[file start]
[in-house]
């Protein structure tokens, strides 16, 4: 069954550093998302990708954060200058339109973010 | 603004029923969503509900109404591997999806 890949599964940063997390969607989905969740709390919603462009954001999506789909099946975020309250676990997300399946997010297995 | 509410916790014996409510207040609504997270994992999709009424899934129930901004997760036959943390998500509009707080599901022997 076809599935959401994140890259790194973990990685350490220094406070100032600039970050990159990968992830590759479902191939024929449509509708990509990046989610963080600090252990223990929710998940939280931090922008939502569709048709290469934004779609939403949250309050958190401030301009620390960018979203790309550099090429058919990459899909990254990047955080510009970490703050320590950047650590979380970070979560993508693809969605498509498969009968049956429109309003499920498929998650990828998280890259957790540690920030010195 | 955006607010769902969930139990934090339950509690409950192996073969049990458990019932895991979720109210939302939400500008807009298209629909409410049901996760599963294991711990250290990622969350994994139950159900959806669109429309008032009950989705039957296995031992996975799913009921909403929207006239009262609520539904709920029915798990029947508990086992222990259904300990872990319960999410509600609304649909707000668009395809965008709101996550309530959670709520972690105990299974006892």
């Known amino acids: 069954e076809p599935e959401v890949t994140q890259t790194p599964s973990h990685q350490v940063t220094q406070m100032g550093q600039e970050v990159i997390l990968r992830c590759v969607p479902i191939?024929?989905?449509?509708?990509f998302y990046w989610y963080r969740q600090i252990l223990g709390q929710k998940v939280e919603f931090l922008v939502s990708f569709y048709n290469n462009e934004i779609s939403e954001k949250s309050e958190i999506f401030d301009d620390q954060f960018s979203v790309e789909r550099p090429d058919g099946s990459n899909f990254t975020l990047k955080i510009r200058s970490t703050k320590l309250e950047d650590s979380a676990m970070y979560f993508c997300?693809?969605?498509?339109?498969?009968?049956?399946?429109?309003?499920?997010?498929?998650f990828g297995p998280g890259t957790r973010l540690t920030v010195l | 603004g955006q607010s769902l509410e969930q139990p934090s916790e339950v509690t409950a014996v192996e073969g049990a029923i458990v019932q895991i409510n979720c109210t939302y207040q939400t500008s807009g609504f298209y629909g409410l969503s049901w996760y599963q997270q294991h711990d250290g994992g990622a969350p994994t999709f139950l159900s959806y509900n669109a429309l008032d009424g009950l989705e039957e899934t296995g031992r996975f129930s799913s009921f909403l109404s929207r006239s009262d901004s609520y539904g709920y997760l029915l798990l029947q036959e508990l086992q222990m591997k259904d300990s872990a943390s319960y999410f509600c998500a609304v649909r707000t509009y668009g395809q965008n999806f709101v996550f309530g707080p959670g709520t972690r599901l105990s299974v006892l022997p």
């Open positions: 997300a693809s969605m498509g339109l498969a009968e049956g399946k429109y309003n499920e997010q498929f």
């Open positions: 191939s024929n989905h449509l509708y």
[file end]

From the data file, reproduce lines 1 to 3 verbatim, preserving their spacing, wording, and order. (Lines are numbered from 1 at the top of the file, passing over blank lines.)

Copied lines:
[in-house]
């Protein structure tokens, strides 16, 4: 069954550093998302990708954060200058339109973010 | 603004029923969503509900109404591997999806 890949599964940063997390969607989905969740709390919603462009954001999506789909099946975020309250676990997300399946997010297995 | 509410916790014996409510207040609504997270994992999709009424899934129930901004997760036959943390998500509009707080599901022997 076809599935959401994140890259790194973990990685350490220094406070100032600039970050990159990968992830590759479902191939024929449509509708990509990046989610963080600090252990223990929710998940939280931090922008939502569709048709290469934004779609939403949250309050958190401030301009620390960018979203790309550099090429058919990459899909990254990047955080510009970490703050320590950047650590979380970070979560993508693809969605498509498969009968049956429109309003499920498929998650990828998280890259957790540690920030010195 | 955006607010769902969930139990934090339950509690409950192996073969049990458990019932895991979720109210939302939400500008807009298209629909409410049901996760599963294991711990250290990622969350994994139950159900959806669109429309008032009950989705039957296995031992996975799913009921909403929207006239009262609520539904709920029915798990029947508990086992222990259904300990872990319960999410509600609304649909707000668009395809965008709101996550309530959670709520972690105990299974006892």
């Known amino acids: 069954e076809p599935e959401v890949t994140q890259t790194p599964s973990h990685q350490v940063t220094q406070m100032g550093q600039e970050v990159i997390l990968r992830c590759v969607p479902i191939?024929?989905?449509?509708?990509f998302y990046w989610y963080r969740q600090i252990l223990g709390q929710k998940v939280e919603f931090l922008v939502s990708f569709y048709n290469n462009e934004i779609s939403e954001k949250s309050e958190i999506f401030d301009d620390q954060f960018s979203v790309e789909r550099p090429d058919g099946s990459n899909f990254t975020l990047k955080i510009r200058s970490t703050k320590l309250e950047d650590s979380a676990m970070y979560f993508c997300?693809?969605?498509?339109?498969?009968?049956?399946?429109?309003?499920?997010?498929?998650f990828g297995p998280g890259t957790r973010l540690t920030v010195l | 603004g955006q607010s769902l509410e969930q139990p934090s916790e339950v509690t409950a014996v192996e073969g049990a029923i458990v019932q895991i409510n979720c109210t939302y207040q939400t500008s807009g609504f298209y629909g409410l969503s049901w996760y599963q997270q294991h711990d250290g994992g990622a969350p994994t999709f139950l159900s959806y509900n669109a429309l008032d009424g009950l989705e039957e899934t296995g031992r996975f129930s799913s009921f909403l109404s929207r006239s009262d901004s609520y539904g709920y997760l029915l798990l029947q036959e508990l086992q222990m591997k259904d300990s872990a943390s319960y999410f509600c998500a609304v649909r707000t509009y668009g395809q965008n999806f709101v996550f309530g707080p959670g709520t972690r599901l105990s299974v006892l022997p």